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A Rongsheng Petrochemical Co Ltd factory in Hangzhou, Zhejiang province. Governor Xia Baolong said that Zhejiang residents operate about 6 million private enterprises in China and another 1.5 million companies overseas. [Photo/China Daily]
Some of the most influential entrepreneurs in Zhejiang province, the powerhouse of the nation's flourishing private sector, are calling for easier policies on funding channels for micro-sized and small private enterprises.
These business owners, who are deputies to the ongoing annual session of the National People's Congress, have urged the government to allow the establishment of private banks.
Because of financing difficulties, last year was a tough one for private manufacturing companies, said Nan Cunhui, chairman of Chint Group Corp, the country's biggest maker of low-voltage electrical apparatus.
Nan suggested that the government should lift curbs on private financing organizations and let private companies set up commercial banks to help cash-starved small companies.
According to a report from the All-China Federation of Industry & Commerce, more than 90 percent of small and medium-sized companies surveyed couldn't get loans from banks. About 62.3 percent of their financing came from private lenders in the past three years.
The huge demand has led to widespread illegal banking activities and left small companies more vulnerable to loan sharks and ill-regulated underground banks amid tight monetary conditions.
The unitary financial system is the key factor causing financing problems for the small and medium-sized enterprises, said Nan, a deputy to the NPC. He suggested channeling private capital into the financial sector and have sound regulations.
Nan's suggestion drew strong support from other entrepreneurs in the province. Zhao Linzhong, chairman of Furun Holding Group Co, which specializes in textile and wool manufacturing from its base in Zhejiang's Zhuji city, said that it's essential to accelerate financial system reforms. Zhao said it was necessary to break up the banking monopoly and direct financial institutions to support the real economy, which is mostly related to manufacturing and services.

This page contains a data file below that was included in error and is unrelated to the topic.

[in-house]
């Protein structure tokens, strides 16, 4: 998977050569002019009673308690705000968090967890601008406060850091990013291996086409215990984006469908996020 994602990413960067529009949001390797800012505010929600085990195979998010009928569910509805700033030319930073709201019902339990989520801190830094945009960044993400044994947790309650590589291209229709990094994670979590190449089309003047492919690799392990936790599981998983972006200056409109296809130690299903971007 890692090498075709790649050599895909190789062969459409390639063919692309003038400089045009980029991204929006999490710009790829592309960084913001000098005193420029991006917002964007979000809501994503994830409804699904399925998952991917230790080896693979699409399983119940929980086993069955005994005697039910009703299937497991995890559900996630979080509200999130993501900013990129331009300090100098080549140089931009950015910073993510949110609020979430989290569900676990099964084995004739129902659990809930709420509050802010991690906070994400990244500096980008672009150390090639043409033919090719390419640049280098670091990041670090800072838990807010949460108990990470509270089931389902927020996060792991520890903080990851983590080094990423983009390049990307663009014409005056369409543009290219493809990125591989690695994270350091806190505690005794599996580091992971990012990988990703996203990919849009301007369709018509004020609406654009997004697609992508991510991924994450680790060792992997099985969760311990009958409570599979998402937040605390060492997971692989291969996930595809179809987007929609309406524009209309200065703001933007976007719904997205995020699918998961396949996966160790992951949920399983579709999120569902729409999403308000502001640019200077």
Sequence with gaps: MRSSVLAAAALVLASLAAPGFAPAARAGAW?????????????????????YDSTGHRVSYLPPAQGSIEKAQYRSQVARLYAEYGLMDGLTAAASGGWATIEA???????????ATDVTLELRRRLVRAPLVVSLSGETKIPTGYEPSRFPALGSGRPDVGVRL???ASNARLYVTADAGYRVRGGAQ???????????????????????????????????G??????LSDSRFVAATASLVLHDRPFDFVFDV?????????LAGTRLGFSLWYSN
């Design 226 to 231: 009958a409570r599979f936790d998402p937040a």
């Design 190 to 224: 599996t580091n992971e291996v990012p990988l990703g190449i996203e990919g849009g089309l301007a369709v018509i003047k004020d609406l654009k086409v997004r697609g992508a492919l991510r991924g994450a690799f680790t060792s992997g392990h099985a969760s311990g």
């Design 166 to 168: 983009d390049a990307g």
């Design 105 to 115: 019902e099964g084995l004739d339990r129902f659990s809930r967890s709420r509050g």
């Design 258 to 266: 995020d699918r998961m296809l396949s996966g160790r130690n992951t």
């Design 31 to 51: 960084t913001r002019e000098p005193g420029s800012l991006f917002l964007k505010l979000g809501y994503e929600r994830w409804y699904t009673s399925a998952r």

Zhao, also an NPC deputy, called for stronger backing from the government for small-credit companies and other regional financial institutions.
Zhejiang is home to about 6 million private enterprises in China and an additional 1.5 million overseas, the province's governor Xia Baolong said.
Apart from policy support for the establishment of private banks, Zong Qinghou, chairman of Hangzhou Wahaha Group, the country's biggest beverage producer, suggested the banking regulator should strengthen supervision and establish sound risk-control systems to head off lending risks.
Premier Wen Jiabao said in his annual Government Work Report that the government will support the development of non-public businesses and ease entry barriers to draw more private capital into the finance, rail transportation, energy and telecommunications industries.
The State Council released rules, the "New 36 Guidelines", in 2010 to propel private capital into monopolized industries including infrastructure, public housing, public services and financial services. But there's been little improvement so far because of the absence of effective and applicable measures and the resistance of State-owned companies.
Zhuang Qichuan, president of the toiletry products retailer Zhejiang Nice Group, said meeting the goal of having private banks was "a long way off" without radical interest-rate reforms and a concrete implementation of the 36 guidelines.
Nan suggested allowing Wenzhou, the cradle for private business in China, to set up a financial reform pilot zone as an initial place to test private banks.